Published: 20 April 2018
Author: Ryan Carlisle Thomas
Drink and Drug Driving laws are changing with tough new penalties
From 30 April 2018 tougher penalties will apply for motorists caught with alcohol and/or drugs in their system.
New laws will take effect from 30 April 2018, if you are caught with a blood alcohol level of .05 or above you will face the following consequences:
- automatic loss of licence;
- mandatory fine;
- completion of a drink driver behaviour change program prior to re-licencing; and
- your vehicle will be fitted with an alcohol interlock system for a period of at least 6 months, and this has increased from the previous 3- month suspension.
These penalties will also apply to a commercial driver who commits their first drink driving offence with a Blood Alcohol Content 9BAS) under .05.
Penalties increased for drug drivers
Drivers caught with drugs in their system on or after 30 April 2018 will face an automatic loss of licence for at least 6 months and will be required to complete a drug driver behaviour change program prior to relicensing. Behaviour change programs are set to vary depending on the offence but are said to be 12 hours long and sessions are held over separate days.
These tough new laws come into force to help curb drug and alcohol fatalities on our roads. With the new laws set to compliment the transport Accident Commission’s (TAC) ‘Drinking. Driving. They're Better Apart’ campaign reminding motorists that impairment from alcohol starts at a blood alcohol level of 0.02, urging motorists to plan ahead prior to drinking by either leaving your car at home, booking a taxi home or using public transport.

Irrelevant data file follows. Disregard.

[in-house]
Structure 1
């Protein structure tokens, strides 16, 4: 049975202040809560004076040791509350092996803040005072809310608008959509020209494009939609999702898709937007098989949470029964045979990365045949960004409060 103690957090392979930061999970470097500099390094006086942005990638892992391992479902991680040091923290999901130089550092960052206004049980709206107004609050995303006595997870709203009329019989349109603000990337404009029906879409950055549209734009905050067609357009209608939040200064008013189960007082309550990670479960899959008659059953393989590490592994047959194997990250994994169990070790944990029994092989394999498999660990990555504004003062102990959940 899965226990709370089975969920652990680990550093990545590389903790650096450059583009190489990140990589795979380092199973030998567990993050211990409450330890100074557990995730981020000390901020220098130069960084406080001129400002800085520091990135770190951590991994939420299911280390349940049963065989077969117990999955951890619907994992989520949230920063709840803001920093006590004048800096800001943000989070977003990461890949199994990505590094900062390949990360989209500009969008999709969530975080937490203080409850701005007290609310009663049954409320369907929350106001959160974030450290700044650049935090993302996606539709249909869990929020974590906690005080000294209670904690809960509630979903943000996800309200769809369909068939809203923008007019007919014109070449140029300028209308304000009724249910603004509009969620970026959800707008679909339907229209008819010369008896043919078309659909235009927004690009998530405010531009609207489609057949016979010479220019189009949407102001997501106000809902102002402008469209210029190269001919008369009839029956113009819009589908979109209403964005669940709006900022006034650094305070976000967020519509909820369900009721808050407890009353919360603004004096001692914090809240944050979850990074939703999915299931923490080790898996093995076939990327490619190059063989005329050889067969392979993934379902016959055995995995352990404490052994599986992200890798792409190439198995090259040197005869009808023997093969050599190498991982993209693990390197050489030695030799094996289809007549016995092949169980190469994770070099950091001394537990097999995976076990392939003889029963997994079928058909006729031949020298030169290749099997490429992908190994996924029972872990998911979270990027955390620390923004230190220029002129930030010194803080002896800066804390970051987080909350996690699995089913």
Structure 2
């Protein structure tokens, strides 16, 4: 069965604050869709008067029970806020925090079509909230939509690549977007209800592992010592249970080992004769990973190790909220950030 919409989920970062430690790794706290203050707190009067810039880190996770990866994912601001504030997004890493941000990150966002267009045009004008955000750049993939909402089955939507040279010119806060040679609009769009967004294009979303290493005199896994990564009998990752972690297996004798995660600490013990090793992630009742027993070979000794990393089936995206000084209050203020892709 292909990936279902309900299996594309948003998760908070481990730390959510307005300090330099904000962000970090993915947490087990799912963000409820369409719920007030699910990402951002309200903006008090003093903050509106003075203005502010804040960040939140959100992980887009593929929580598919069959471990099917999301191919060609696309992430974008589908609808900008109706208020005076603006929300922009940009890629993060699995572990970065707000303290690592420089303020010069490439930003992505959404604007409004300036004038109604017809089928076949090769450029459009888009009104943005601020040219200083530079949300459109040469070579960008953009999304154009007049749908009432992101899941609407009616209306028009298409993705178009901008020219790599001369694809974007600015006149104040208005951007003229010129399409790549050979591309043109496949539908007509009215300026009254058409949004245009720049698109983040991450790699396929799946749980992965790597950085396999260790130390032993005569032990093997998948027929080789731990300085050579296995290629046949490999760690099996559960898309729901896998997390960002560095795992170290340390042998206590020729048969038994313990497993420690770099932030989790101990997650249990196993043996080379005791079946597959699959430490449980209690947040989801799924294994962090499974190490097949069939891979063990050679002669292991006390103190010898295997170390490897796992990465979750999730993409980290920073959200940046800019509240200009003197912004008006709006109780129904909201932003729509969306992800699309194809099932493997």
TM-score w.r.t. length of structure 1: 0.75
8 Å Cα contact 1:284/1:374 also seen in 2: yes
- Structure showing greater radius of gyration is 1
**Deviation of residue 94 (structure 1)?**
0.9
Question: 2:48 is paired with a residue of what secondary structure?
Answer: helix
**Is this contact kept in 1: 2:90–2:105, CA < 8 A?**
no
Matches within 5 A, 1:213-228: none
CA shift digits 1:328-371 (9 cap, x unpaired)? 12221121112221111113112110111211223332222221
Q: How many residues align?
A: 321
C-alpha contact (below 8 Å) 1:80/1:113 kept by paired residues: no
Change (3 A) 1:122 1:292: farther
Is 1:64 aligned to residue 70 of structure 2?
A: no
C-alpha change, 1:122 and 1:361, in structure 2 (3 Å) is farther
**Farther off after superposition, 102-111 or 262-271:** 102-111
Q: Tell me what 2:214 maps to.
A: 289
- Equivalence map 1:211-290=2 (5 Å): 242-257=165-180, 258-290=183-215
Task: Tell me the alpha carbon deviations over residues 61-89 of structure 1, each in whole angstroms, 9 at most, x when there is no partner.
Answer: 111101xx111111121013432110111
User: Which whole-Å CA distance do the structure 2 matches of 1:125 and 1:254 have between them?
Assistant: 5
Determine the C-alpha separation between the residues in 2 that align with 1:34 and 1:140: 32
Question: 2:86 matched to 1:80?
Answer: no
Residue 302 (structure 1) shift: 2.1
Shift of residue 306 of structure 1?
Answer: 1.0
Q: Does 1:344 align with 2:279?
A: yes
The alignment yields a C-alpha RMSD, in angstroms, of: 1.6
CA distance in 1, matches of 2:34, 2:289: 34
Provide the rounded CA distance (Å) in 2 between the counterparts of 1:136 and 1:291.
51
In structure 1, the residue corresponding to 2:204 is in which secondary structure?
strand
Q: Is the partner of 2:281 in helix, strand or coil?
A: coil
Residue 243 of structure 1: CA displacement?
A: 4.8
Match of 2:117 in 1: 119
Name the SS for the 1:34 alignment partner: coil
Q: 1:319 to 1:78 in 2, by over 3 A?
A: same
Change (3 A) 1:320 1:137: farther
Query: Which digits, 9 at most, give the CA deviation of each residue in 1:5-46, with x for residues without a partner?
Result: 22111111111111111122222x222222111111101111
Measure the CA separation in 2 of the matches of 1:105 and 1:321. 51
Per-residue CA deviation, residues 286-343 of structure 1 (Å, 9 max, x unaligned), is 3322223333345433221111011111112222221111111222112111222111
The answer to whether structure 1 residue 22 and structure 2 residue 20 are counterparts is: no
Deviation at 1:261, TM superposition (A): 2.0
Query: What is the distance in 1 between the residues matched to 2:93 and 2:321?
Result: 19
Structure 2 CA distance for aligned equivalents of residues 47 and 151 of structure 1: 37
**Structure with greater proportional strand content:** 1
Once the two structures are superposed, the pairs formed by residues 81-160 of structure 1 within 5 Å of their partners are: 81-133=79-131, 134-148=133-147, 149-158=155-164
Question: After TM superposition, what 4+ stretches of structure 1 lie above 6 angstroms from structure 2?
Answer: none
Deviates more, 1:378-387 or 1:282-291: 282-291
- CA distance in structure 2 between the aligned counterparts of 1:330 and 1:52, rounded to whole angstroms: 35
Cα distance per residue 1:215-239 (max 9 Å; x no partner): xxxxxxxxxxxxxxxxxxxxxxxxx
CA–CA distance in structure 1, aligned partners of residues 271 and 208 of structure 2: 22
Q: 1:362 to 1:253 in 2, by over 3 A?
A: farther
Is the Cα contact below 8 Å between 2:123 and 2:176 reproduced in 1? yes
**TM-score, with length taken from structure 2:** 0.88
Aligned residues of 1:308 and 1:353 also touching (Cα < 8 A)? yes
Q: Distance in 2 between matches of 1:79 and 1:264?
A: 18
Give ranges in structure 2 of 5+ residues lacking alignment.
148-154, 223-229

Lives lost statistics highlight dangers of drink driving
The TAC reported 61 deaths on our roads so far this year, and close to 1 in 5 motorists who lost their lives on our roads in the past 5 years had a blood alcohol concentration of greater than 0.05.
A series of exclusions to motorists are applied by the TAC when they are injured in a motor vehicle involving the use of alcohol or drugs. The Commission is not liable to make any payments of compensation for loss of earnings or impairment to a person who:
- at the time of the accident was driving the motor vehicle and has been convicted of a driving offence; or
- was under the influence of alcohol or any drug to an extent that they could not maintain proper control of the vehicle.
A person may still be entitled to compensation payments if they are able to satisfy the Commission that the presence of alcohol and or drugs did not in any way contribute to the motor vehicle accident.
The TAC may also seek to recover from an intoxicated driver any sum of damages (including costs) paid by the Commission to a person injured as a result of the accident if the driver has been convicted of a serious indictable offence.